Pro squash player
Pro squash player
The summer forest fire season here in British Columbia has been driving me crazy for many years now, and to alleviate some of the nuisance with it all I have tried out many types of consumer products that seemed like they could help. With each of these products I say whether or not I have tried them and I give a subjective rating out of ten.
1. Personal electric air purifier.
A couple months ago I bought a personal electronic air purifier and I think it might actually be useful this summer. 6/10.
2. Indoor air purification.
i) Low cost solution: box fan with dual Merv 13s. Untested.
Based on tutorials like this: https://marshallhansendesign.com/2012/01/02/studio-operations/
I only just ordered this fan so I can’t give a personal testimony, but these are the parts I’m going to be working with:
ii) Moderate cost solution: standard portable air purifier. 6/10.
ii) Expensive solution: Industrial air purifier. Untested.
3. Fireproof document organizer.
4. Fire extinguisher.
I cannot personally testify to the performance of this particular fire extinguisher, but it’s similar to mine, and listed at a pretty good price given that it has free shipping. It’s your classic “A:B:C class” extinguisher: “For use on Class A (ordinary combustibles), Class B (Flammable liquid) spills or Fires involving live electrical equipment (Class C)”. Untested.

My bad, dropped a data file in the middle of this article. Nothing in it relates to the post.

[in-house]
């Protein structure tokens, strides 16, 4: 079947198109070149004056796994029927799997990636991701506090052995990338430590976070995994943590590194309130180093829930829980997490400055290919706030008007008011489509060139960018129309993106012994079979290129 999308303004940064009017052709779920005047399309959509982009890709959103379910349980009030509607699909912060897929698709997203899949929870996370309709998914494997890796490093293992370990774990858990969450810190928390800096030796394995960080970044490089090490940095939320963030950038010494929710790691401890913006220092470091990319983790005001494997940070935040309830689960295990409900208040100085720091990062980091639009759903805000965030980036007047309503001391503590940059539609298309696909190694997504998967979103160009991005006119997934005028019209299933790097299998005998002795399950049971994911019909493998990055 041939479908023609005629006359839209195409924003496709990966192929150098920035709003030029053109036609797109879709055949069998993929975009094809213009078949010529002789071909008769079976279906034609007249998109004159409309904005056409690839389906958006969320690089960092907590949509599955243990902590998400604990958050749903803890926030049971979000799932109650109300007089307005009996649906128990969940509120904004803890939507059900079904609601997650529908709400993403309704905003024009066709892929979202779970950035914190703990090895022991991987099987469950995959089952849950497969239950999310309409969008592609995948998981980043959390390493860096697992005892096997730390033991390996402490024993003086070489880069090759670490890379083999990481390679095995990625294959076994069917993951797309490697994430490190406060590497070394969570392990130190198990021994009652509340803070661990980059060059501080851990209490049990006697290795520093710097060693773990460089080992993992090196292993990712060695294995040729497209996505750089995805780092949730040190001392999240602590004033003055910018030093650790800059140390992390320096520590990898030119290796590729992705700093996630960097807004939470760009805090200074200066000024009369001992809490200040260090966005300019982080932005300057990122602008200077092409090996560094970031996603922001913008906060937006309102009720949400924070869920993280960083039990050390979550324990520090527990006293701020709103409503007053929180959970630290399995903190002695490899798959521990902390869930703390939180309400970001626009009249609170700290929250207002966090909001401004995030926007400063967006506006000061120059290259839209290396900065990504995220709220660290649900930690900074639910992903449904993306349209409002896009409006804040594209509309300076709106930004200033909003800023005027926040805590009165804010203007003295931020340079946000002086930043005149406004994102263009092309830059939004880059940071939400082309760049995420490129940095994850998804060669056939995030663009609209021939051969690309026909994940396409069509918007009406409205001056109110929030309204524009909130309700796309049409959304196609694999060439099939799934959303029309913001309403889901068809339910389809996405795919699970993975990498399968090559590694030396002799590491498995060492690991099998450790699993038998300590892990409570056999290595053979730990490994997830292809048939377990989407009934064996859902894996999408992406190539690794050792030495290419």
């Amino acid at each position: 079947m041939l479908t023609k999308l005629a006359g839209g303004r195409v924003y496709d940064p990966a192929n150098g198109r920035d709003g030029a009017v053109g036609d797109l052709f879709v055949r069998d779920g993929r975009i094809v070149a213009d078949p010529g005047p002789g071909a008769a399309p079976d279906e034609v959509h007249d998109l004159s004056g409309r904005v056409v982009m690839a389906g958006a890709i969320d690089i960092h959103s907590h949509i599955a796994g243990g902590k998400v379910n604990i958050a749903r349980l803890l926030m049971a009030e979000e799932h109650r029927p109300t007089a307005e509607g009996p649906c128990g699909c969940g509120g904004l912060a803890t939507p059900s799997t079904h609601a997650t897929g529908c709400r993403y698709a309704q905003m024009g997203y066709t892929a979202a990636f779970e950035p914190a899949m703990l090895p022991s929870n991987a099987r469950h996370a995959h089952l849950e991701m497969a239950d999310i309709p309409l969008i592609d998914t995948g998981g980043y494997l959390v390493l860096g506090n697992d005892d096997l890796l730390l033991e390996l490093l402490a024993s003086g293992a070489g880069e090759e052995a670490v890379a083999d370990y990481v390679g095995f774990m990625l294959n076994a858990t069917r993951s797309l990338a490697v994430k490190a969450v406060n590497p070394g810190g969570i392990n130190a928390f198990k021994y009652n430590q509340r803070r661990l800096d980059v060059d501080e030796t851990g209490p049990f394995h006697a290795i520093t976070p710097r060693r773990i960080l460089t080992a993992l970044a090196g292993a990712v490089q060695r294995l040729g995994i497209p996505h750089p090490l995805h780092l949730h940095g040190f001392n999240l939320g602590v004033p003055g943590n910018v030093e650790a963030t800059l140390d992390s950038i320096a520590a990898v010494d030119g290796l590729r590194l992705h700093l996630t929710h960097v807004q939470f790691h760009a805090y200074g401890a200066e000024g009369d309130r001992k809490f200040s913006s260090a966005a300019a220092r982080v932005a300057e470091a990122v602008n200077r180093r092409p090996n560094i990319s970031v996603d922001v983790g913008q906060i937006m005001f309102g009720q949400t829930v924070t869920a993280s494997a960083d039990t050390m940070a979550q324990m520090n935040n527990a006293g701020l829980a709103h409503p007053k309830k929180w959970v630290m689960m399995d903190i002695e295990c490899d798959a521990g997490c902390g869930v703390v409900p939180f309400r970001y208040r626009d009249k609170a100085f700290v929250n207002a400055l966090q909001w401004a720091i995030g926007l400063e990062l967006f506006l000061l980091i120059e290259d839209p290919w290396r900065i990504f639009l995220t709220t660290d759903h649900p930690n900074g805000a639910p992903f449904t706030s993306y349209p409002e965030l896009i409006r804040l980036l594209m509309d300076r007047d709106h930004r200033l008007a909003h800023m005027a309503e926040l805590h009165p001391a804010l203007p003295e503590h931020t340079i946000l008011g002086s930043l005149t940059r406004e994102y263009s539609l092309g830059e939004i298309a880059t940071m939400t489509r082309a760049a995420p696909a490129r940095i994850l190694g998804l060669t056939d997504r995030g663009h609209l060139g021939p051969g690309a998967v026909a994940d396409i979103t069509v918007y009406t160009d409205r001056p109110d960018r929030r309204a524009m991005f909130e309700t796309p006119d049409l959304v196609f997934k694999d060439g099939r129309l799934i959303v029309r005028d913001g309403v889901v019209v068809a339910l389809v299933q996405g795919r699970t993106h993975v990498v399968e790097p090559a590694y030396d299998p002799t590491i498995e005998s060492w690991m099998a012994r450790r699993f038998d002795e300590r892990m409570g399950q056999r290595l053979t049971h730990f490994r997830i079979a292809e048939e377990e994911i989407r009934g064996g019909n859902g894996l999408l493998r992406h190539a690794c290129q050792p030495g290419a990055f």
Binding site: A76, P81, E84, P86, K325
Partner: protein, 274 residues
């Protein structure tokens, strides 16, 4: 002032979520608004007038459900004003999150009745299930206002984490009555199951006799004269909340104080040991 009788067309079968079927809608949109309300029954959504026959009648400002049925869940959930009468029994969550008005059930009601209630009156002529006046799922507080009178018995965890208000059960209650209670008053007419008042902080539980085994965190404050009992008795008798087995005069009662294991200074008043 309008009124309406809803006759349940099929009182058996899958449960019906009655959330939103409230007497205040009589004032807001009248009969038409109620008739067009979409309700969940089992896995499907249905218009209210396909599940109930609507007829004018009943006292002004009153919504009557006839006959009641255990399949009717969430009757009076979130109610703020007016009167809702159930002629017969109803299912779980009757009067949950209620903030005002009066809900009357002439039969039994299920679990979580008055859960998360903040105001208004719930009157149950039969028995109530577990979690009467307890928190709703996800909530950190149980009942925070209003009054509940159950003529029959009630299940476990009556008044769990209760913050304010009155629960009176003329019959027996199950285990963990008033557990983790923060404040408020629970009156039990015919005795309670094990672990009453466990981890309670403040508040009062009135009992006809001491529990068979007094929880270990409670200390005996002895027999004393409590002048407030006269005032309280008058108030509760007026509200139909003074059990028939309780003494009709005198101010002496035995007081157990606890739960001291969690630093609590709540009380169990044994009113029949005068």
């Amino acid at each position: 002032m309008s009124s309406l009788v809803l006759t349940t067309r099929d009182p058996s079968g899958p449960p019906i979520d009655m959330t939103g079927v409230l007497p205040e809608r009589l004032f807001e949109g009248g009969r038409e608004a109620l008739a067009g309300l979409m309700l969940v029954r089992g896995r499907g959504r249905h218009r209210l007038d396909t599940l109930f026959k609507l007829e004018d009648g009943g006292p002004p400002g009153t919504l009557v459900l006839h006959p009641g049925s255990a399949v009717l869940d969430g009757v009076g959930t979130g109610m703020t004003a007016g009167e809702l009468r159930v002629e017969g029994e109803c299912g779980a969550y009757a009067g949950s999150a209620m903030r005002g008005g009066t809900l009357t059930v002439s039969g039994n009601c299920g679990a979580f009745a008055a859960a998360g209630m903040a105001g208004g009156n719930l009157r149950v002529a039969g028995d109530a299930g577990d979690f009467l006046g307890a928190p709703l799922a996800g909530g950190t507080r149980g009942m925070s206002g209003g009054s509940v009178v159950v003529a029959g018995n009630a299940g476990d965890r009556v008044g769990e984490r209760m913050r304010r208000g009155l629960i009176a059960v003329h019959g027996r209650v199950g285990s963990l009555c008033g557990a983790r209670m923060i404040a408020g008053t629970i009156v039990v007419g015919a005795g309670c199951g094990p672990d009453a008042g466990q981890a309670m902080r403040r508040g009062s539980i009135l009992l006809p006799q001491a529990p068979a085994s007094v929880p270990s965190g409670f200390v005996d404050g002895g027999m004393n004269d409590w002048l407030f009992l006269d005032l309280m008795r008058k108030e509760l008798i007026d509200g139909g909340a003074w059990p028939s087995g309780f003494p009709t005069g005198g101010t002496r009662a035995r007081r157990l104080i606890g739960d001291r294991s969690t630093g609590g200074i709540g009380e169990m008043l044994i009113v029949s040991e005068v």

5. Personal misting and cooling.
I have tested a number of personal accessories meant to keep you clean and cool, such as: gel masks, cooling headbands, shemaghs, gel hats, cooling patches, neck gaiters, cooling mats, and spray bottles.
i) Ice Eye Mask by FOMI Care. 3/10
iii) Headsweats Protech Hat. 5/10
6. Indoor cooling.
I don’t recommend portable air conditioners like the one I have for the reasons detailed here:
i) Low cost solution: evaporative “swamp cooler”.
Consumers typically find these things to be underwhelming for several reasons: they raise humidity and they need to be replenished enough to be annoying. I have never used one, but I thought I would include the highest rated one I could see on Amazon in case it interests some readers.
ii) Expensive solution: window air conditioner.
7. Bed cooling.
i) Moderate cost solution: directional attachments for your AC unit. 9/10.
Rather than buy an expensive cooling mattress, I have found it fruitful to jam a rectangular duct connector on to my AC unit and run a hose into my bed or to my laptop dock.
Imperial Manufacturing Duct End Boot 3-1/4 X 10 X 4In GV0650
ii) Expensive solution: specialized bed cooling unit. Untested.
8. Other things I would like to try.
i) Cooling shirts.
Sony launched the Reon Pocket but it’s not available in North America yet for some reason.
If you want to buy a cooling shirt here in North America, you’ll have to settle for something like this:
ii) Outdoor misting systems.
iii) Door seals.
Fall 2017 video selections:
Shoeless Joe Jackson:
Alfred the Great:
Primitive tech guy: